Once you've downloaded your backup tool, this is a good time to back up your data in case something goes wrong. Open your tool and look at the main menu. All of the above tools have a sidebar and a main menu with options for Backup or Backup Tool. Select the appropriate option – again, the wording may vary – and choose where you want to back up your files. Then take the time to complete the process before proceeding with the migration process.
We probably don't need to say this, but you shouldn't back up your data on the hard drive you will be using for the migration. Use a separate external hard drive or specify a cloud backup service.
Step 3: Choose your destination drive
Connect your new hard drive – or your old hard drive, depending on how you're migrating – to your computer. There are several ways to connect a new internal hard drive. However, the most common is SATA. SATA cables are flat, often red, and the connectors have an L-shaped bend at one end.
Find an open slot on your motherboard to connect the drive to and a spare power cable that will be disconnected from your power supply. They should be ready for use. If you're at a loss or confused, check out our full guide on how to install a SATA hard drive. On the other hand, an external SSD usually uses a USB connection or some other, simpler option.
Open the selected backup application. In the main menu, look for the option "Migrate OS to SSD / HDD", "Clone" or "Migrate". This is what you want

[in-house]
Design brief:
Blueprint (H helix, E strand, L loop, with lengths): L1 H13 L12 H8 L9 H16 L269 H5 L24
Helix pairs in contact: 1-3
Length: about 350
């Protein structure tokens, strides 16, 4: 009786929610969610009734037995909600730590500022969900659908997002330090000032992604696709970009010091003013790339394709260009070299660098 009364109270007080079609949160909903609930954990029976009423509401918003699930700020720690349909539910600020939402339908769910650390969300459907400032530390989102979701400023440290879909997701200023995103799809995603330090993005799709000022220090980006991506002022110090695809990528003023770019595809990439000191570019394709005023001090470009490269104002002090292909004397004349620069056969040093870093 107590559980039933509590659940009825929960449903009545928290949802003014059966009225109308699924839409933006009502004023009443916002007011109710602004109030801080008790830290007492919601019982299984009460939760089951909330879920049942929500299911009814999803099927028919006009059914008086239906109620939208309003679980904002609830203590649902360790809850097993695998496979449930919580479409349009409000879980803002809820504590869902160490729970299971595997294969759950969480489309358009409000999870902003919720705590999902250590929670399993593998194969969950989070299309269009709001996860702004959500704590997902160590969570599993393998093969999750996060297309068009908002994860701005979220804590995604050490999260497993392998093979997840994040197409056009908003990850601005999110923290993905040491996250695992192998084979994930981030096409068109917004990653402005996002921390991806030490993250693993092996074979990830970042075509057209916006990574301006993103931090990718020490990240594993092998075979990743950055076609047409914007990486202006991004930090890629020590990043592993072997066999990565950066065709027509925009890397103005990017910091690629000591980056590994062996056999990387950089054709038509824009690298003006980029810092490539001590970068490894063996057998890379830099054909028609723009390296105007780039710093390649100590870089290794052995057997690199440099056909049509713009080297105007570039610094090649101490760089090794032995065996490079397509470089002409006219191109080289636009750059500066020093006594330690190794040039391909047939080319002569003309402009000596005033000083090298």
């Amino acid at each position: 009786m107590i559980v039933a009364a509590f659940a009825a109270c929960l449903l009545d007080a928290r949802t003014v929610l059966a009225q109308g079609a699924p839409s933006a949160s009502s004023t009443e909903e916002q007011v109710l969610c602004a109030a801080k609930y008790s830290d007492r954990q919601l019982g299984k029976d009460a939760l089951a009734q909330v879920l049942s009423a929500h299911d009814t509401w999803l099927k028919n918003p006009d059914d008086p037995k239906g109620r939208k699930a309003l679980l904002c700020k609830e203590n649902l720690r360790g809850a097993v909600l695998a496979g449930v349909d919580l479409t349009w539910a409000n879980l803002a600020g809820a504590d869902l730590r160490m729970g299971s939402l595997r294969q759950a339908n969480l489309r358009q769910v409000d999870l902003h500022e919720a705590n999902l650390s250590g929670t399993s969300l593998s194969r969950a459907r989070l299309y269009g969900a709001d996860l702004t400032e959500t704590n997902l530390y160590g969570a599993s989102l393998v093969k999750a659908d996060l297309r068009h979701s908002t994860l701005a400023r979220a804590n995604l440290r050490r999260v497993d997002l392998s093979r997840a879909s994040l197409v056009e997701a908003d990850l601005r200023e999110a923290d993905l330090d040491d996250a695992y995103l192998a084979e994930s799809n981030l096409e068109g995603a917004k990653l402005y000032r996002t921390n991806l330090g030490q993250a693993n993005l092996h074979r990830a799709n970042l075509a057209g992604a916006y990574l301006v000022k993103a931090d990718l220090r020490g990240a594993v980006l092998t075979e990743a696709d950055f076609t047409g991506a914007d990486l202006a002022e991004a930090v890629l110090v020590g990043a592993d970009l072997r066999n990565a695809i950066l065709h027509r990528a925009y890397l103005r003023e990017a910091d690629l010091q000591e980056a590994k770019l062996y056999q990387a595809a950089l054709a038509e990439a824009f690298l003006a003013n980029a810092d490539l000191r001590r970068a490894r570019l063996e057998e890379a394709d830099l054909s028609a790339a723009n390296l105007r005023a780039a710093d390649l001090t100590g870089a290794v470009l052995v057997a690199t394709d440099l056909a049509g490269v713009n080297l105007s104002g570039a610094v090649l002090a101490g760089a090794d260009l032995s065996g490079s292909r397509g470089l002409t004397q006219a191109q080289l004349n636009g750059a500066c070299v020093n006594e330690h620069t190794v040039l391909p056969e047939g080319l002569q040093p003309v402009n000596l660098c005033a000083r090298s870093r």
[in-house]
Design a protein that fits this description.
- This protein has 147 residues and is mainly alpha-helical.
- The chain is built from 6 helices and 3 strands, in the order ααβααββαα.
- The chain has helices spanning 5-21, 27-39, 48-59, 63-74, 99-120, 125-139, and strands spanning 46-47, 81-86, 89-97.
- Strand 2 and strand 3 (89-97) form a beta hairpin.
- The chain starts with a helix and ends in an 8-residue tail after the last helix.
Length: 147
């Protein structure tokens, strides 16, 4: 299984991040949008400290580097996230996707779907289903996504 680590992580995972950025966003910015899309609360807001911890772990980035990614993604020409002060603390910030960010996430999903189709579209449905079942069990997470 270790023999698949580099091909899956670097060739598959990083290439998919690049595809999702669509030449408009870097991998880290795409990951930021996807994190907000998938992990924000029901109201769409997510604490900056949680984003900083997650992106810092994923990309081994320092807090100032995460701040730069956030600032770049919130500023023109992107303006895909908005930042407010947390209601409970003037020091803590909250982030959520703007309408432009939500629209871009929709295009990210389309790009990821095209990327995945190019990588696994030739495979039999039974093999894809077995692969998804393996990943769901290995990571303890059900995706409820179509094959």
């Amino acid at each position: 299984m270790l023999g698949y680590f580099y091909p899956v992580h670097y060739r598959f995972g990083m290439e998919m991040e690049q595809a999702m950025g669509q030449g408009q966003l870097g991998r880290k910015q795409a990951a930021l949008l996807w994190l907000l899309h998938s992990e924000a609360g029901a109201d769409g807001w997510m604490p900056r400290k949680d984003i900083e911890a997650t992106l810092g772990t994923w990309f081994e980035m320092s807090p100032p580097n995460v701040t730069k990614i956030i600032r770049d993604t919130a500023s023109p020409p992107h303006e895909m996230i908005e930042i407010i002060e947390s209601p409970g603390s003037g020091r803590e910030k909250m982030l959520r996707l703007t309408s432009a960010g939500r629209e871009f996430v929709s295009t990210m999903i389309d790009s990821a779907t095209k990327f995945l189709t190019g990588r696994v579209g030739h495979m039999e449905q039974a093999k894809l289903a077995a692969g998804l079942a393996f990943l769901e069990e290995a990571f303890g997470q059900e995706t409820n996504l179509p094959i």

A new window should open and the program will detect the drives connected to your computer and ask for a destination drive. Make sure you are targeting your new SSD or other drive and that the target drive has enough space. This window should also provide useful information about the data in each drive. The following example is from EaseUS Partition Manager, the above from AOMEIs Backupper.
Step 4: adjust the partition size
These backup tools usually give you options for customizing partitions. You can delete partitions on the destination drive if they have previously been used or configured to work with another device. If you are not sure, you should delete the partitions for security reasons.
You also have the option to choose partition sizes when migrating. You can make a copy without resizing partitions. However, this is usually a bad choice that the tool doesn't take advantage of. Instead, select the option to adjust and optimize partitions for the new drive. You want to use tweaking, resizing, and similar commands.
The program's clone wizard will now take over. Take a look at your drives and start the migration process. Confirm that you want to continue and the software will inform you when the process is complete. The cloning process can take some time. It is a good idea to make sure your power cables are connected and that the older hard drives have plenty of room to "breathe" so they don't overheat.
After the migration is complete, restart your computer and see if everything works. Your tool should prompt you to do so, or you can restart your PC after the migration process has automatically completed. You can then either delete the backup tool or keep it for more data management.